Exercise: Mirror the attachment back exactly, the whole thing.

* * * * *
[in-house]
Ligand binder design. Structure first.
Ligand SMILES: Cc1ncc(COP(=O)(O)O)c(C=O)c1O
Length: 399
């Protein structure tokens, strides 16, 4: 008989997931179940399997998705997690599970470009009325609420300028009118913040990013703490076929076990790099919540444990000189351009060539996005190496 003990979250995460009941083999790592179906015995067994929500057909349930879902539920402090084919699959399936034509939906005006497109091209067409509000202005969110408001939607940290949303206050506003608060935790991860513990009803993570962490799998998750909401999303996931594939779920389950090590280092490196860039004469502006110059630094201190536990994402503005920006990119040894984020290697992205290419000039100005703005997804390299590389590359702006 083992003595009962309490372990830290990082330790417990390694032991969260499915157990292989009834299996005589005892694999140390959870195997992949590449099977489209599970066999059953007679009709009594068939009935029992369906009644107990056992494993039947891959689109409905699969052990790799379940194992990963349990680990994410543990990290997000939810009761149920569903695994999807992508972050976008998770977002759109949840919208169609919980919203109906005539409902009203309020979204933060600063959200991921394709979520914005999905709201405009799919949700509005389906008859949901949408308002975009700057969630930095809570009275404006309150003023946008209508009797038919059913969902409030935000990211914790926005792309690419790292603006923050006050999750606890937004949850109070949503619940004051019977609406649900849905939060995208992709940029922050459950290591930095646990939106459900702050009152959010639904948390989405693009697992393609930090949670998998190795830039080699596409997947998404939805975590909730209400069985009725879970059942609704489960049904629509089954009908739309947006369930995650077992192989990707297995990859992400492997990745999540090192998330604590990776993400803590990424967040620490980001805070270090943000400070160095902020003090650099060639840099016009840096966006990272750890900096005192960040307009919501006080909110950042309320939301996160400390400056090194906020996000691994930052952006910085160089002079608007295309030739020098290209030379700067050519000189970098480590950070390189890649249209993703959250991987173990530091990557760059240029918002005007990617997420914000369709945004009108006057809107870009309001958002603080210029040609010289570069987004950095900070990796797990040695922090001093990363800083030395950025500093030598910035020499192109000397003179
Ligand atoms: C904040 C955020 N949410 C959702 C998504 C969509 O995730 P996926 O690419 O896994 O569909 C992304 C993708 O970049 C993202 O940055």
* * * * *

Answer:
[in-house]
Ligand binder design. Structure first.
Ligand SMILES: Cc1ncc(COP(=O)(O)O)c(C=O)c1O
Length: 399
């Protein structure tokens, strides 16, 4: 008989997931179940399997998705997690599970470009009325609420300028009118913040990013703490076929076990790099919540444990000189351009060539996005190496 003990979250995460009941083999790592179906015995067994929500057909349930879902539920402090084919699959399936034509939906005006497109091209067409509000202005969110408001939607940290949303206050506003608060935790991860513990009803993570962490799998998750909401999303996931594939779920389950090590280092490196860039004469502006110059630094201190536990994402503005920006990119040894984020290697992205290419000039100005703005997804390299590389590359702006 083992003595009962309490372990830290990082330790417990390694032991969260499915157990292989009834299996005589005892694999140390959870195997992949590449099977489209599970066999059953007679009709009594068939009935029992369906009644107990056992494993039947891959689109409905699969052990790799379940194992990963349990680990994410543990990290997000939810009761149920569903695994999807992508972050976008998770977002759109949840919208169609919980919203109906005539409902009203309020979204933060600063959200991921394709979520914005999905709201405009799919949700509005389906008859949901949408308002975009700057969630930095809570009275404006309150003023946008209508009797038919059913969902409030935000990211914790926005792309690419790292603006923050006050999750606890937004949850109070949503619940004051019977609406649900849905939060995208992709940029922050459950290591930095646990939106459900702050009152959010639904948390989405693009697992393609930090949670998998190795830039080699596409997947998404939805975590909730209400069985009725879970059942609704489960049904629509089954009908739309947006369930995650077992192989990707297995990859992400492997990745999540090192998330604590990776993400803590990424967040620490980001805070270090943000400070160095902020003090650099060639840099016009840096966006990272750890900096005192960040307009919501006080909110950042309320939301996160400390400056090194906020996000691994930052952006910085160089002079608007295309030739020098290209030379700067050519000189970098480590950070390189890649249209993703959250991987173990530091990557760059240029918002005007990617997420914000369709945004009108006057809107870009309001958002603080210029040609010289570069987004950095900070990796797990040695922090001093990363800083030395950025500093030598910035020499192109000397003179
Ligand atoms: C904040 C955020 N949410 C959702 C998504 C969509 O995730 P996926 O690419 O896994 O569909 C992304 C993708 O970049 C993202 O940055």